Twenty-twenty has been an interesting year for national monuments. In America, statues have been toppled on public squares everywhere, even as President Trump declares a heroic past beneath the stony visages of Mount Rushmore. In Russia, victory over Nazi Germany has been commemorated by the construction of a cathedral—one of the largest in the world—whose consecration brought President Putin alongside Patriarch Kirill. And in Turkey—once the heartland of Eastern Christendom, the majestic Hagia Sophia has now been designated by President Erdogan a national mosque. Continue reading
For most Americans, December 7, 1941 possesses a gravity and symbolism like few other dates in our nation’s history. It was the moment when America ceased to be free of the Second World War and became one of its most consequential combatants. It ended an era of isolation and catapulted us into a global superpower. And it was marked, of course, by a devastating suprise attack by the Japanese on our naval base at Pear Harbor.
But many Americans do not realize that Pearl Harbor Day has an equivalent in Russia, where entry into the war also occured involuntarily after a suprise attack by the enemy. In fact, the event marking the beginning of what Russians call the Great Patriotic War dwarfed America’s tragic losses, as did the body count when the war finally ended.
Half a year before our “day of infamy” (to quote President Roosevelt), the Soviet Union was forced into World War II by a suprise attack by Germany. On June 22, 1941, the entire weight of the Nazi war machine came crashing down on her western borders. Operation Barbarossa was the largest invasion in world history and was an even greater example of diplomatic infamy than Pearl Harbor. Without warning, the Germans smashed Soviet defenses to pieces along a border stretching two thousand miles from the Baltic Coast to the Black Sea. Within hours there was nothing left of the border. Within days, the Germans had destroyed or surrounded its reeling defenders. Within a month they had conquered a territory greater than Germany itself. And by December, they could see Moscow–six hundred miles from the border–in their field glasses. No suprise attack has ever been so overwhelmingly successful.
And yet it would ultimately collapse and lead to the ruin of Nazi Germany. The Red Army sustained unimaginably high losses but kept fighting. By the time Germany’s ally Japan attacked Pearl Harbor, in fact, the Russians had launched a counterattack that saved Moscow from capture. The road to Soviet victory was a long one, and would pass through even greater catastrophes like the heartbreaking siege of Leningrad (in which the Germans starved a million unarmed civilians to death) and the epic Battle of Stalingrad. After the two titans all but exhausted themselves in the tank battle of Kursk, the Red Army rose again to continue the struggle. There was simply no stopping it. By the summer of 1944 it had recovered nearly all of the territories lost to the Germans since Barbarossa. During the year that followed, it advanced inexorably to Berlin, where Hitler committed suicide. Soon after Germany finally surrendered.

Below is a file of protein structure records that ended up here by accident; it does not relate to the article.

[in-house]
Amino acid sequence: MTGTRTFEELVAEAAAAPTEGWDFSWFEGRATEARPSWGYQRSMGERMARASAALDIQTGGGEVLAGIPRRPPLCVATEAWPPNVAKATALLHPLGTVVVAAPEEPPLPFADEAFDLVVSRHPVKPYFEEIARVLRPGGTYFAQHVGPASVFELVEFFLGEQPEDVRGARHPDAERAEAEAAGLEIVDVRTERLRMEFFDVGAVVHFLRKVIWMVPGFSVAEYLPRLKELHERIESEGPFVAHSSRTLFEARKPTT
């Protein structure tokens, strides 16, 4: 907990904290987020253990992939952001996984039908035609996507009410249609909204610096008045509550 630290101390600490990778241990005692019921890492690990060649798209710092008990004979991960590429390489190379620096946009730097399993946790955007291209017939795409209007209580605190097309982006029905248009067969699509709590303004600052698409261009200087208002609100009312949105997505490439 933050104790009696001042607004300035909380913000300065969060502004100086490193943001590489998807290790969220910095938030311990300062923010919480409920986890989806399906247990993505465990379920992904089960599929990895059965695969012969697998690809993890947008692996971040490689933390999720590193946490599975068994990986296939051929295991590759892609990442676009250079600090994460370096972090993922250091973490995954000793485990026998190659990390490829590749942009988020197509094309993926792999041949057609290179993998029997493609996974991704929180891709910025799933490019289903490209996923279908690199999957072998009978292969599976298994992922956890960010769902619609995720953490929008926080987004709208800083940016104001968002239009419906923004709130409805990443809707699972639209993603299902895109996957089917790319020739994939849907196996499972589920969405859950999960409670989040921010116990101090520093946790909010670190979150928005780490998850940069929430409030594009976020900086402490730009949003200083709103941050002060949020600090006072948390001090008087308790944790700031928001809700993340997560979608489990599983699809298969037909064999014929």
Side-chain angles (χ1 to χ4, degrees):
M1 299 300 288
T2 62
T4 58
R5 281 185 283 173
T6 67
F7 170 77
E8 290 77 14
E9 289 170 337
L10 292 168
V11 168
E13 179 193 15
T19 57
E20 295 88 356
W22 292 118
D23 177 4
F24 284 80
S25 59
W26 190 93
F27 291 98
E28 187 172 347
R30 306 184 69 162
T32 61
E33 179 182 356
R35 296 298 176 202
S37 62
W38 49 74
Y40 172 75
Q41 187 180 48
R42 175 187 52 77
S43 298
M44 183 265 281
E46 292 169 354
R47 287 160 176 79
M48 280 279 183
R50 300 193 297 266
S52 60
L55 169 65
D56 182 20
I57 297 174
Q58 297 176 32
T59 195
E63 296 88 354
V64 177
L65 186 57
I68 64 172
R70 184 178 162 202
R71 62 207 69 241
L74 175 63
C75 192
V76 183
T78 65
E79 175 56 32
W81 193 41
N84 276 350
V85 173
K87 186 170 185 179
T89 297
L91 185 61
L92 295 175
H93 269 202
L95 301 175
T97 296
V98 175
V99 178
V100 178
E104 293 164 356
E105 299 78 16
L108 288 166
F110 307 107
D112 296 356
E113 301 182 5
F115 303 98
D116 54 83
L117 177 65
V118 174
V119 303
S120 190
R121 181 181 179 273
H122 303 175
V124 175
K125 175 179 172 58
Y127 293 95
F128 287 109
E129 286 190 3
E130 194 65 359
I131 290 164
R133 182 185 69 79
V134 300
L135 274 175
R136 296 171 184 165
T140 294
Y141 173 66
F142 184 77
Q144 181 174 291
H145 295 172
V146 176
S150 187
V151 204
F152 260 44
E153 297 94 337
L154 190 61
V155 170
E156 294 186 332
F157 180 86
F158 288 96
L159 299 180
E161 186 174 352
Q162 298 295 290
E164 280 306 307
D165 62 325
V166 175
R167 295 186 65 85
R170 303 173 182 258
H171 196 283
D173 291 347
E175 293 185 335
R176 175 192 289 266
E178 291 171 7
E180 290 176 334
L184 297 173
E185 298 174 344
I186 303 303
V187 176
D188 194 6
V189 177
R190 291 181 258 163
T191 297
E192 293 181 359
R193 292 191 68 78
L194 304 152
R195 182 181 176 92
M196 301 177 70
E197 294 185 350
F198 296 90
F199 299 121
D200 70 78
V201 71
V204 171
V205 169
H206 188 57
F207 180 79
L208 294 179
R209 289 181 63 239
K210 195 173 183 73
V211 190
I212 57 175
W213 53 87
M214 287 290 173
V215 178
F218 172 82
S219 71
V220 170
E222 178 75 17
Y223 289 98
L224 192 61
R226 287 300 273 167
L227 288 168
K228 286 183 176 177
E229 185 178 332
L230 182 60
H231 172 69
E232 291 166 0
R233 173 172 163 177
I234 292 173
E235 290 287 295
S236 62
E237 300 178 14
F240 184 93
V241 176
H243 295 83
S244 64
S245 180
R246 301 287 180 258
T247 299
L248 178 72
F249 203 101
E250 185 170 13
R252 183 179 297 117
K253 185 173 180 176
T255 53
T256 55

Russia’s war against Nazi Germany has never been ignored in the West, but it has been neglected. Americans are far more familiar with D-Day than Stalingrad, with the Battle of the Bulge than the Battle of Kursk, and with Pearl Harbor than Operation Barbarossa. This is a natural expression of patriotism. However, it can sometimes have troubling consequences.
Recently, Russian president Vladimir Putin published an article in a Western journal criticizing the West’s sometimes myopic narrative about the Second World War. There was much that was inevitably political about the piece. But it did raise an important point: No long-term harmony between the United States and Russia is possible as long as the latter’s role in destroying twentieth-century fascism is ignored. Indeed, Putin’s article was provoked by a White House communique stating that in the fall of Berlin “America and Britain had victory over the Nazis.” In point of fact it was the Red Army that captured the German capital, but nowhere was this acknowledged in the brief Twitter statement. The suggestion was that it was a Western achievment.
This helps explain why in Russia today so much attention has been given to patriotism and the importance of national unity. At a time when America is experiencing divisions comprable the 1960s and national monuments are being thrown to the ground for their association with historical evils, Russia recently raised a monument in Moscow to her victory over Nazi Germany. It is not a statue, but a church.